For decades, Third World legal scholars have challenged the existing international legal regime, seeking to undo the structural imbalances that permeate contemporary global society. The TWAIL Movement, or Third World Approaches to International Law, has consistently worked towards producing a credible critique of international law, with the aim of redressing multiple historical biases that pervade the global order. Scholars have contributed to this movement primarily by identifying the inherently injurious nature of its procedures and structures in respect to Third World states and their peoples. Yet, despite their best efforts, historical power imbalances persist in the international legal regime as does material deprivation among Third World societies. Part of this lack of success is due to the forceful counter-challenges waged by First World states, unmoved by Third World collective plight and unwilling to surrender First World political power. It also results from TWAIL scholars’ inability to articulate a cohesive counter-vision of world society that would allow all peoples to stand as equals. Finally, the triumph of such a grand legal (and social) reformative programme necessitates a veritable rebirth of international social relations, one that has, until now, been missing.
In this Article, and in slight opposition to distinguished TWAIL scholar Bhupinder Chimni, we argue that the ‘failure’ of this redressing to occur lay not with TWAIL scholars but with the withering of the popular will needed to propel the reformative project forward. We further demonstrate that, when juxtaposed alongside the Bolivarian Revolution, a unique South American treaty known as ALBA offers TWAIL scholars their first real opportunity to actualise their reformative aspirations. While it has previously been argued that Latin American international lawyers employ international law in a unique manner, the breadth and scope of ALBA is far more significant, both for the TWAIL movement and international law reformers in general. In the Bolivarian Alliance for the Americas agreement (ALBA) we find a platform from which TWAIL might transcend its reactive nature and develop a proactive character. Building on a practical prototype that produced a participatory model of democracy and a progressive model of social relations, we argue that ALBA’s philosophy and substantive workings present the structure needed for the reinvention of international law along similarly equitable lines; from a formal regulatory regime to a substantive emancipatory paradigm, from a purely Eurocentric endeavour to one representative of the multitude of global society.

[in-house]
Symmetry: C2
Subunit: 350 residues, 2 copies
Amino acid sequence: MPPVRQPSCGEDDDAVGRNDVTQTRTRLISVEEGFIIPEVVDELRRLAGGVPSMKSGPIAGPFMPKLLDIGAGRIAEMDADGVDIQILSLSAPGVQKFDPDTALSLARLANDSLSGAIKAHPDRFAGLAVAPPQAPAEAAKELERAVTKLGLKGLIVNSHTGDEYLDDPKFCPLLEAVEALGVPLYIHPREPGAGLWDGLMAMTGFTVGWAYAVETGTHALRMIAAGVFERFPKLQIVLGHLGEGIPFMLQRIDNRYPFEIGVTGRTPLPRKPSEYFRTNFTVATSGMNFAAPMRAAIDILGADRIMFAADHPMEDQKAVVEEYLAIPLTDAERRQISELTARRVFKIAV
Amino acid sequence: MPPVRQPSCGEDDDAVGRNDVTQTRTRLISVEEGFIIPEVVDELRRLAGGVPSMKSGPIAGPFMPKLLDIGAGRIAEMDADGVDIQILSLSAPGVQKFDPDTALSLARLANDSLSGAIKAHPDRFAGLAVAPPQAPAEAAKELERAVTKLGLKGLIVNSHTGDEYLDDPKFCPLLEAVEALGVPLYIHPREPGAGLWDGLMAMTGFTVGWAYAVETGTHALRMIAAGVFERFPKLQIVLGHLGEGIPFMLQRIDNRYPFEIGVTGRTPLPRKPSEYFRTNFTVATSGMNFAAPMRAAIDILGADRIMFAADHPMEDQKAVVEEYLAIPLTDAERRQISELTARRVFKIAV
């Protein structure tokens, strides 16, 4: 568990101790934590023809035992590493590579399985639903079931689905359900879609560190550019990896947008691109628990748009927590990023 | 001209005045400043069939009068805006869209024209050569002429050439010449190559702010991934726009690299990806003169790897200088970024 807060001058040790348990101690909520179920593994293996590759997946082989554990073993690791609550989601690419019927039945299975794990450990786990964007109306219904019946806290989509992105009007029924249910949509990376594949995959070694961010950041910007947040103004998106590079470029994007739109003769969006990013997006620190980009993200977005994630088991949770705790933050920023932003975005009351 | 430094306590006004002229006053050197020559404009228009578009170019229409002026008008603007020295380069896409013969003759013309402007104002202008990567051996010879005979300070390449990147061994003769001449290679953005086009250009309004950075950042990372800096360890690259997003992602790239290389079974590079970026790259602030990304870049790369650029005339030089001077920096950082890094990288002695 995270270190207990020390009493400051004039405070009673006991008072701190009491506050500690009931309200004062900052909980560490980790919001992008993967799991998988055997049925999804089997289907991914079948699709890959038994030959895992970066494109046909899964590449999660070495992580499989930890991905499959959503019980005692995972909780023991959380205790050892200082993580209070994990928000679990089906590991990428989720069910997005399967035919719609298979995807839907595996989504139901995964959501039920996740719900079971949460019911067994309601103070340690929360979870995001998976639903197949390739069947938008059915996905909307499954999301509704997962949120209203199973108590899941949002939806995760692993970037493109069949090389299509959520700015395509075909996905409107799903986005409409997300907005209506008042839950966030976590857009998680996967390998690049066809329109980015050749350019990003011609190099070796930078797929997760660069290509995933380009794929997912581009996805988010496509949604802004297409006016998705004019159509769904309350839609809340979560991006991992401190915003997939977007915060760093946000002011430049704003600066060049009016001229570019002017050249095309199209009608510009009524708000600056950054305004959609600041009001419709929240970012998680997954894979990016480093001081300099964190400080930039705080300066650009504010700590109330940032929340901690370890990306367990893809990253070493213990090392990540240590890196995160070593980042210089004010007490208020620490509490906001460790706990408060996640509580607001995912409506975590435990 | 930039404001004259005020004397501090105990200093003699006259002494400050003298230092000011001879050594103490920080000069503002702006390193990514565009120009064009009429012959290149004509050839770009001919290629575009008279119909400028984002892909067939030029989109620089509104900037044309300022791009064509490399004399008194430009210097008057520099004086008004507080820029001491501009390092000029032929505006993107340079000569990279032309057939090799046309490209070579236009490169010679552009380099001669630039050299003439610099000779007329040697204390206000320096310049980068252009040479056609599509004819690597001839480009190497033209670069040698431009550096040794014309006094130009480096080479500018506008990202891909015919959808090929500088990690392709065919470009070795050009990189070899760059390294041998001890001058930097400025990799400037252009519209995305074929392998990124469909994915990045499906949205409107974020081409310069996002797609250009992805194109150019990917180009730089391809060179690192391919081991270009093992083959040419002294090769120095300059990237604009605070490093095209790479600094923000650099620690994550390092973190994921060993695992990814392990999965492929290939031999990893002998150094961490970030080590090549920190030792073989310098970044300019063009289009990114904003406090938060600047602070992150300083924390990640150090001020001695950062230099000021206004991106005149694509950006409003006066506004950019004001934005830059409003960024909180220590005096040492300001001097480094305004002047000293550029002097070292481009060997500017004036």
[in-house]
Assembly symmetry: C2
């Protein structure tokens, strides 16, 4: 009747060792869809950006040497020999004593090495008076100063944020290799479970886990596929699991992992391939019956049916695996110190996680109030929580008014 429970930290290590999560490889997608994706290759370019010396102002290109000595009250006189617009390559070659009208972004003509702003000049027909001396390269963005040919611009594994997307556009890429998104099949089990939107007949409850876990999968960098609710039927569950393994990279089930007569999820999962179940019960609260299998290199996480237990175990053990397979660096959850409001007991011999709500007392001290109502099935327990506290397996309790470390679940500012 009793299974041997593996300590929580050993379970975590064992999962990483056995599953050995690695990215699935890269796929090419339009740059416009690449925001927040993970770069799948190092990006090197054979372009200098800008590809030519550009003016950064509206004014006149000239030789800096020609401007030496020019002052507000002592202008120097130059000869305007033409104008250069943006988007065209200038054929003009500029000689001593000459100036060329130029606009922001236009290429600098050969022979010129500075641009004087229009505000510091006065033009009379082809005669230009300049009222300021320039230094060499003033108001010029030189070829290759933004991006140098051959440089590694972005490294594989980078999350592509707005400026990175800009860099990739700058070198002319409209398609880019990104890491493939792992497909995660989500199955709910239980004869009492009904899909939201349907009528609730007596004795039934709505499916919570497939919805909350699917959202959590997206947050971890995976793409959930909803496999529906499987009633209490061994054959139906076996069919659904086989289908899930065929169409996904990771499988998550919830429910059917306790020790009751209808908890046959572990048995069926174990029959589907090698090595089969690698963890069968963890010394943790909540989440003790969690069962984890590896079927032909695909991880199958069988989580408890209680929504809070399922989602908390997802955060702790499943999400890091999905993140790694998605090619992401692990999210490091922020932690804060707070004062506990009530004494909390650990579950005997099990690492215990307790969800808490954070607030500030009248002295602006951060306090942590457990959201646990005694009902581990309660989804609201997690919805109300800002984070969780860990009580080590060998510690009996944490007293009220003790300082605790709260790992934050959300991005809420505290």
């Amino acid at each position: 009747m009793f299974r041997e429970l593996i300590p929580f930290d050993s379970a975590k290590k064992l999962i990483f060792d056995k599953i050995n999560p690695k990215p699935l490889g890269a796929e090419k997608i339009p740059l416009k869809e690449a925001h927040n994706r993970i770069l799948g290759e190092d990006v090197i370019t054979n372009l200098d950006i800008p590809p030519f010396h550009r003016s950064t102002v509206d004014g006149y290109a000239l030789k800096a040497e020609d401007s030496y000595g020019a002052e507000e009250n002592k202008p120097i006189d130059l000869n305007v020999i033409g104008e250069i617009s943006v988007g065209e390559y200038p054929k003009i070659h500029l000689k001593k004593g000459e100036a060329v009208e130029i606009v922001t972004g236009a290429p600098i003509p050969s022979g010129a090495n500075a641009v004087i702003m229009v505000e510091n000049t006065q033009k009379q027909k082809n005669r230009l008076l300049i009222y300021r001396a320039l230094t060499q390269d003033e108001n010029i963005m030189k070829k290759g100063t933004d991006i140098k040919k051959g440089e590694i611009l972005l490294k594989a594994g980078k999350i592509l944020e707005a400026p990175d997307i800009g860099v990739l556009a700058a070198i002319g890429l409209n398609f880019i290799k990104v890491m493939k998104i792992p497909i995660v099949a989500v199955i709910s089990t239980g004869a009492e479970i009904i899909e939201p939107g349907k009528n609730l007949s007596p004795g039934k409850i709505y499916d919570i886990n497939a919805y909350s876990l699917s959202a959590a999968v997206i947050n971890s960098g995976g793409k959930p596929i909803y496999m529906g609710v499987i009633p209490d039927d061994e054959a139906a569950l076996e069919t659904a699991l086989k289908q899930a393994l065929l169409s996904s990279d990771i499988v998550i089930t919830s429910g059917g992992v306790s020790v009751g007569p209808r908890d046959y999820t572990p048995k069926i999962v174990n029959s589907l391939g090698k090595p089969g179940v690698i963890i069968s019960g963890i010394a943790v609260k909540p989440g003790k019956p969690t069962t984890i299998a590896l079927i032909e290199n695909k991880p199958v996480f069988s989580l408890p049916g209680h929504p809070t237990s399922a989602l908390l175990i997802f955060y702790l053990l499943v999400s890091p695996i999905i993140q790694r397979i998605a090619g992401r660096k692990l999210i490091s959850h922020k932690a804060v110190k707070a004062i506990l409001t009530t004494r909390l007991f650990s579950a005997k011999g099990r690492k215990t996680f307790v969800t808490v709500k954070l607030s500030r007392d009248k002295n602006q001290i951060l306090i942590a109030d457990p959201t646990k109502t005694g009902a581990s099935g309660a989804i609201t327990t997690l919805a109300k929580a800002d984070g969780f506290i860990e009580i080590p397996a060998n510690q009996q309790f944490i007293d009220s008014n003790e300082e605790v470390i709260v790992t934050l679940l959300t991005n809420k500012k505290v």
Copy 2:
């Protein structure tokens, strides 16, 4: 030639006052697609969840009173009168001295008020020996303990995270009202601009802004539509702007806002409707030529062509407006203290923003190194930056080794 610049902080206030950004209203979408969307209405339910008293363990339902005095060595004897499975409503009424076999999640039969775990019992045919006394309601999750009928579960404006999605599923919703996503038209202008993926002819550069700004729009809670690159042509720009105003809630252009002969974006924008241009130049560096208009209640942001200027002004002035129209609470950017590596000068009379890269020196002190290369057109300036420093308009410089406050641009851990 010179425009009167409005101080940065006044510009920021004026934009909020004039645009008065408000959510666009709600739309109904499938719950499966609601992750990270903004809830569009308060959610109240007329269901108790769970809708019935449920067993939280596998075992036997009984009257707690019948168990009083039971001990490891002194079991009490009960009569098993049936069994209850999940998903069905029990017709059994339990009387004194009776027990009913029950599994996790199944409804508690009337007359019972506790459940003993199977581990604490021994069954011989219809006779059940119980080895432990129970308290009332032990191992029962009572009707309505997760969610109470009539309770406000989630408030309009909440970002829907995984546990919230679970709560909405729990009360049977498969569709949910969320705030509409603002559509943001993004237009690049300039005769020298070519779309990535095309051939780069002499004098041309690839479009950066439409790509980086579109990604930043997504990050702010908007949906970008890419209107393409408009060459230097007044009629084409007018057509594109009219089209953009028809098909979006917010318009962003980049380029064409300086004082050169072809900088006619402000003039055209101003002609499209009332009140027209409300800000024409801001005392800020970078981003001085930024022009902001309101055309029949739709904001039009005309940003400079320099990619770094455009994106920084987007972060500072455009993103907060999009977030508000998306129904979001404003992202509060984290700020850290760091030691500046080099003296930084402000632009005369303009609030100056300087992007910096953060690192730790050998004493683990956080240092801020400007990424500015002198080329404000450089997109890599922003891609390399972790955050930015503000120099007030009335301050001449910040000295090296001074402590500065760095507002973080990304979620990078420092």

Saturday, August 8, 2009
al Attar & Miller: TWAIL Revisited - The Bolivarian Reconstruction of International Law
Mohsen al Attar (Univ. of Auckland - Law) & Rosalie Miller have posted TWAIL Revisited - The Bolivarian Reconstruction of International Law. Here's the abstract: